Otaku USA Magazine
Love and Heart Is Off to a Suspenseful, Promising Start

College student Yoh is in the midst of a messy, public breakup with the boyfriend she believes is a two-timer. As she turns to go away she literally runs into another boy, whom she thinks is gorgeous. That night, going back to her house, she finds her key is missing. But then the door opens and there’s the gorgeous boy again.

Is he a stalker who stole her key? No, wait, he has a logical explanation: his name is Haruma, he used to live next door to her ten years ago, and he recently got permission from Yoh’s overworked mother to stay in their house, hence the reason he’s there. Yoh’s mother barely responds to her daughter’s calls and texts, and Yoh chooses to believe this story, even though she doesn’t remember a boy next door.

From there things continue to spiral. Someone is spying on Yoh and taking compromising pictures of her. People tell her contradictory stories, and she doesn’t know if they’re telling the truth or not. And someone brings up a story that ten years ago Yoh’s neighbors committed suicide, which means Haruma should be dead, too.

Is Haruma the man of her dreams or a dangerous person who’s causing all these bad things to happen? Yoh and the reader waffle, because even as he does suspicious things, he also comes out and does heroic things, like saving Yoh from an attacker. And then Yoh finally reaches her mom, who vouches for him. Maybe Yoh’s worries are all in her head.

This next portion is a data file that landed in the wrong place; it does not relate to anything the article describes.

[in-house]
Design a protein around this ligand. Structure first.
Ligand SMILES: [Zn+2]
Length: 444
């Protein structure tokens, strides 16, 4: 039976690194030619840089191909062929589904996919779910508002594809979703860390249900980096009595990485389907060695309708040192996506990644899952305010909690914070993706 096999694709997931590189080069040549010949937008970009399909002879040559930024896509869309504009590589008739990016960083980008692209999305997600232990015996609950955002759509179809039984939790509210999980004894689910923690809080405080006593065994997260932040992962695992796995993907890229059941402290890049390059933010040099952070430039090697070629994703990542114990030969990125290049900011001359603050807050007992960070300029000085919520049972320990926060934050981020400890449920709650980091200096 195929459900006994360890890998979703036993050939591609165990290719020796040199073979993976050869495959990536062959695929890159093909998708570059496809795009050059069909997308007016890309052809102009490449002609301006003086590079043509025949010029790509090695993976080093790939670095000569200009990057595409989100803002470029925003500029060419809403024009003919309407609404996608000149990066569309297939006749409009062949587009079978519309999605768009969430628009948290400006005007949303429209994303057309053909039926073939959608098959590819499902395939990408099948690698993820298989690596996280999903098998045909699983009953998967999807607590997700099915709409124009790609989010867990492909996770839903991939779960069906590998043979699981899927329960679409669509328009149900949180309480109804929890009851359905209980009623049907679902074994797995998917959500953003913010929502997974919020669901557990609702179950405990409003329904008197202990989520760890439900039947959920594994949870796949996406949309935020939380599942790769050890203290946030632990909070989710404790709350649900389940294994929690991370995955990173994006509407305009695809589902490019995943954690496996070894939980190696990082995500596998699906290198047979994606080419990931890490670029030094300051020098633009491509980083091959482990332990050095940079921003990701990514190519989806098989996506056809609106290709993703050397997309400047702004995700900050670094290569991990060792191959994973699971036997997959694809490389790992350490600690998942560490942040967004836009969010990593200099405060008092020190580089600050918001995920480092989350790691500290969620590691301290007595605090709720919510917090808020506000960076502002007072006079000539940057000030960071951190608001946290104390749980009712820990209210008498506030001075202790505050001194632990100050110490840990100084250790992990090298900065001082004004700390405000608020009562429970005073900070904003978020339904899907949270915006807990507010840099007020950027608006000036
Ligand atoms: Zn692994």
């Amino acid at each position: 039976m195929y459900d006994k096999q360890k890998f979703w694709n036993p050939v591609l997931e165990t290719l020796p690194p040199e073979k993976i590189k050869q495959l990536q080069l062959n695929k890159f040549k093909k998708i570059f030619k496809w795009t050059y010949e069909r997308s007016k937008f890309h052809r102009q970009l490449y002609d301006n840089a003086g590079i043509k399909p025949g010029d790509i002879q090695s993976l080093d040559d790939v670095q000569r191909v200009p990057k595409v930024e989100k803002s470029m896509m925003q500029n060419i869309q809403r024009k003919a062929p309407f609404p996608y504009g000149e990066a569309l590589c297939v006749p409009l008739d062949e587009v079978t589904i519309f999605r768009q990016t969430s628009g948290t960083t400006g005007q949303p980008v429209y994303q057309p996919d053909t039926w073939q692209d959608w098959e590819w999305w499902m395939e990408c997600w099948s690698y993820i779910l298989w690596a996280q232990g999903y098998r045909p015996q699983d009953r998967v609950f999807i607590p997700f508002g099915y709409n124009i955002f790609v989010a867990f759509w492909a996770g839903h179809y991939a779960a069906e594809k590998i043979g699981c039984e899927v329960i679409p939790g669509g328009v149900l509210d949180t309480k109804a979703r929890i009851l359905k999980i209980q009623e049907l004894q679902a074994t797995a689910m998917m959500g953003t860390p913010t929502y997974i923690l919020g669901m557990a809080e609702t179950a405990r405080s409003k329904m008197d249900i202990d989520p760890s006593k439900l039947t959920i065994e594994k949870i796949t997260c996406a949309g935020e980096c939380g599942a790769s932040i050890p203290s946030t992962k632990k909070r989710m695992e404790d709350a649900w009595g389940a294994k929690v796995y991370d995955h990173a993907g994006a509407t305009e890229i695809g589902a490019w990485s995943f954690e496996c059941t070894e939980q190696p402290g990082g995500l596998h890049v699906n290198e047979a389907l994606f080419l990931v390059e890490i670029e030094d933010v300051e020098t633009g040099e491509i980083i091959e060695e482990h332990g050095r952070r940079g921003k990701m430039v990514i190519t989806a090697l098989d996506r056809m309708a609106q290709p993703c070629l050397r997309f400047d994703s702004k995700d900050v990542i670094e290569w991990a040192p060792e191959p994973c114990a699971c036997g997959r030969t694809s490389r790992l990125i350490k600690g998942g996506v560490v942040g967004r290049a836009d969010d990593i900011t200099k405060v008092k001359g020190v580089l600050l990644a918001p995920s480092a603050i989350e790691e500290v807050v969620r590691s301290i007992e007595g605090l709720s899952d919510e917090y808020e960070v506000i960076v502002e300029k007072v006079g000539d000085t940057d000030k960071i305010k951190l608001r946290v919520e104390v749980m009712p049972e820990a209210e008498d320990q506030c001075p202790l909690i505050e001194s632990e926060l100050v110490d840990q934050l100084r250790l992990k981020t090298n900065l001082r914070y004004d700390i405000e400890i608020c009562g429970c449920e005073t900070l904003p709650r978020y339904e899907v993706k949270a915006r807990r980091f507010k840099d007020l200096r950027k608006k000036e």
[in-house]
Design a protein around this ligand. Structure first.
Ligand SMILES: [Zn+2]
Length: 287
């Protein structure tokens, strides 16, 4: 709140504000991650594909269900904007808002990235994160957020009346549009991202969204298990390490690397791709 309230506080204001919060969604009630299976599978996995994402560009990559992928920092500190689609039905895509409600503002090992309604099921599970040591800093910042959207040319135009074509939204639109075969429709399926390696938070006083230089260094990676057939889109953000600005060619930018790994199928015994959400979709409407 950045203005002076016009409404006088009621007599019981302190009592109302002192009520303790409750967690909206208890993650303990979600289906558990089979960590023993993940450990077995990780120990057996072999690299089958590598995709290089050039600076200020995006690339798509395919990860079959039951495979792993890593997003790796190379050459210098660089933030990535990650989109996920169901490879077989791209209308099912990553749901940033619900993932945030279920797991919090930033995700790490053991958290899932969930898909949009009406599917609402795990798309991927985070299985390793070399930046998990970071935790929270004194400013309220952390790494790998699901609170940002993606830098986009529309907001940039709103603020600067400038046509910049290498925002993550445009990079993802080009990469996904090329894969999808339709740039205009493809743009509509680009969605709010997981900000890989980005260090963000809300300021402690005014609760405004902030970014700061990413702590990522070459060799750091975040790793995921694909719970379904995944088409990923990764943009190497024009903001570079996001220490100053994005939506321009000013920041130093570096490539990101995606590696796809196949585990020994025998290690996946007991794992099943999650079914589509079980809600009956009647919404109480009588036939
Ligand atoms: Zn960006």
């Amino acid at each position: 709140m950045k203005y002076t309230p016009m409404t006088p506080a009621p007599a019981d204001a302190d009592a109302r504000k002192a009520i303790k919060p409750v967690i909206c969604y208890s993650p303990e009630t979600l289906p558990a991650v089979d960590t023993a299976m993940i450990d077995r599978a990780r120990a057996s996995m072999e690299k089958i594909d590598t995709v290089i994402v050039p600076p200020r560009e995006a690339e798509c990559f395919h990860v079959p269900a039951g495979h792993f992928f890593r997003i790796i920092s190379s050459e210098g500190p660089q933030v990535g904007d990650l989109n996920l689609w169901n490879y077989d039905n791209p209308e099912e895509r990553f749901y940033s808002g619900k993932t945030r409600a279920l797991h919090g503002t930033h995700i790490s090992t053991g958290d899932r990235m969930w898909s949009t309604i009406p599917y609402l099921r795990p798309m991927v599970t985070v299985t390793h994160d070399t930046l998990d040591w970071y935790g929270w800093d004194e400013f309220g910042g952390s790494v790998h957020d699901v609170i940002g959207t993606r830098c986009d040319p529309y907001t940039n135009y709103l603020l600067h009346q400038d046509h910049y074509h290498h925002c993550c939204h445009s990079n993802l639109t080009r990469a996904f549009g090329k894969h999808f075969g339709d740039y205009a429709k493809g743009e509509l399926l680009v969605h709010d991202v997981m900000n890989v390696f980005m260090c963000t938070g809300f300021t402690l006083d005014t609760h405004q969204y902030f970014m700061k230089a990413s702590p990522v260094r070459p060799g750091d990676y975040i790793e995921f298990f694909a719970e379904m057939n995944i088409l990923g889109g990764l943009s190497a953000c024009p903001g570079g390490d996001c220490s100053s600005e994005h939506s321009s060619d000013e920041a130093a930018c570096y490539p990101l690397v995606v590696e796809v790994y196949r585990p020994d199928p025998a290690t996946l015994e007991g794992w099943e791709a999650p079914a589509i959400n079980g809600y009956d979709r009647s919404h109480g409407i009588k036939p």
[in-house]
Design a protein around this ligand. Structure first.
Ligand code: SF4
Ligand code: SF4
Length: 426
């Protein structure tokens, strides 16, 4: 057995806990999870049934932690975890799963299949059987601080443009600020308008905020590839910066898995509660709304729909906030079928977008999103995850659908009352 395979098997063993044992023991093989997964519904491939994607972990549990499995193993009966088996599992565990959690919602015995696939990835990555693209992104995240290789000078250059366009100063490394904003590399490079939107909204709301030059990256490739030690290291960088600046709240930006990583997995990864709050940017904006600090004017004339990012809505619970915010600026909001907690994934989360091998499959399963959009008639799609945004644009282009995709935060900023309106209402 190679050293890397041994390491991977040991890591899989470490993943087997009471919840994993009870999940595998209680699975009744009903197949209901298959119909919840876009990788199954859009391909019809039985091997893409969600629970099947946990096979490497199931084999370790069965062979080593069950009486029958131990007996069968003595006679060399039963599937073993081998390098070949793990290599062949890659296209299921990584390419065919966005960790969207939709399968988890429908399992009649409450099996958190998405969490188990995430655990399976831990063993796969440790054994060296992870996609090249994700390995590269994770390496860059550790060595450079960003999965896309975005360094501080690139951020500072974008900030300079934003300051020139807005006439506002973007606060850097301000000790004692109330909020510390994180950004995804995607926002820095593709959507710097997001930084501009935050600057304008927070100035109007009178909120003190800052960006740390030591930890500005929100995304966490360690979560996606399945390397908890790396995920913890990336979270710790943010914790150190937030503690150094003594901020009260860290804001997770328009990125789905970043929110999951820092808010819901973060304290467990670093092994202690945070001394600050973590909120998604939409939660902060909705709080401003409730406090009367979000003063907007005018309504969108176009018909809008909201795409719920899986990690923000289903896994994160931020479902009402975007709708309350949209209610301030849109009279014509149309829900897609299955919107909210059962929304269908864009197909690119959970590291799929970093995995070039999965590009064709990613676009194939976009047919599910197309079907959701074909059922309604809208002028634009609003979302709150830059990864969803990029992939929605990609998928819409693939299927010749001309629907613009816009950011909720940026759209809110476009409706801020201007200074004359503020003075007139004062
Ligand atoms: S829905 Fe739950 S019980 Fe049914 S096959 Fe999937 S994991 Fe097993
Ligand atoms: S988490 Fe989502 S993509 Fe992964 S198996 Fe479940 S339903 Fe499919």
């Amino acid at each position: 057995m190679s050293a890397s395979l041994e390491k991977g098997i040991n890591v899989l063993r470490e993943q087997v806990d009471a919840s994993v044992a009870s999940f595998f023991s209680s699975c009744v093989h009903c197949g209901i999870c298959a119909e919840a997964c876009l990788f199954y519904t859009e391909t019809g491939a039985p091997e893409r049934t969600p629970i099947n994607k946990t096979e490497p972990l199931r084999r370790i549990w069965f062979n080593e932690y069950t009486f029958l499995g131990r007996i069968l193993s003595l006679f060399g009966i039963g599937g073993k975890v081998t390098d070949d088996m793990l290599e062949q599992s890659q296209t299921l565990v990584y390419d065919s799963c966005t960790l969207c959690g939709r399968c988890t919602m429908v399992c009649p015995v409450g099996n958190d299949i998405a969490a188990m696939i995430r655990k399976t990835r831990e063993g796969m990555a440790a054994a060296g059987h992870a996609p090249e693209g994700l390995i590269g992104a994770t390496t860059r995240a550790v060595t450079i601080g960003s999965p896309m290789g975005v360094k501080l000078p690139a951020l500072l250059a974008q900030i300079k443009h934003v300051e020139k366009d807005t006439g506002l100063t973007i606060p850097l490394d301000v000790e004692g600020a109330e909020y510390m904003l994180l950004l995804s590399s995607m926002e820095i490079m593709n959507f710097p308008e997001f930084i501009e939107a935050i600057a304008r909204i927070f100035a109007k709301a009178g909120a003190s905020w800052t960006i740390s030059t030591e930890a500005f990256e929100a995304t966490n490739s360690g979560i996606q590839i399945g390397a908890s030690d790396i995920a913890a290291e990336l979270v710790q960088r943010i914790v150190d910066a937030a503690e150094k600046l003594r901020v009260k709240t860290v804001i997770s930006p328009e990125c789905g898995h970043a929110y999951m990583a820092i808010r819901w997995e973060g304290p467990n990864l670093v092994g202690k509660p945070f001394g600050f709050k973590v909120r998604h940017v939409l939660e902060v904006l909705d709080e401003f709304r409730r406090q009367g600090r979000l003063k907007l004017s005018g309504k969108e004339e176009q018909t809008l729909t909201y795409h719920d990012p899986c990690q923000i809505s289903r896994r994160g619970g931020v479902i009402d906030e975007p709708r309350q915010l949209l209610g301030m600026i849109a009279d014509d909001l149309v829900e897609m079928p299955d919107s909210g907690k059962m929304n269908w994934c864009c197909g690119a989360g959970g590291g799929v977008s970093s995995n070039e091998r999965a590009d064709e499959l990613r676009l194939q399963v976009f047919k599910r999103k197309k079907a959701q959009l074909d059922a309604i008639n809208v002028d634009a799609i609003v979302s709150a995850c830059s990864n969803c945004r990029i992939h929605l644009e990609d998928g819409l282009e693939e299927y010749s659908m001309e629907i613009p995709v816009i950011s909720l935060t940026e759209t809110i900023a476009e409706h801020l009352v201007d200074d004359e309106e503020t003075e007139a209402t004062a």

One of the best things about Love and Heart is that you really don’t know what the truth is or whom to trust. It builds a sense of suspense and cuts off with a cliffhanger ending where you really want to know what’s going to happen next. While the suspense is well-done, that doesn’t mean every page is acutely suspenseful — it also has cute scenes and funny scenes. At first Yoh seems like she might believe anything, but as the book goes on we find her to be a stronger and smarter character than it initially might appear, because she makes herself realize that what she might want to believe is the truth might actually be based on lies. It’s not clear where it will go from here, but it’s off to a promising start.

Story & Art: Chitose Kaido
Publisher: Yen Press


Danica Davidson is the author of the bestselling Manga Art for Beginners with artist Melanie Westin, and its sequel, Manga Art for Intermediates, with professional Japanese mangaka Rena Saiya. Check out her other comics and books at www.danicadavidson.com.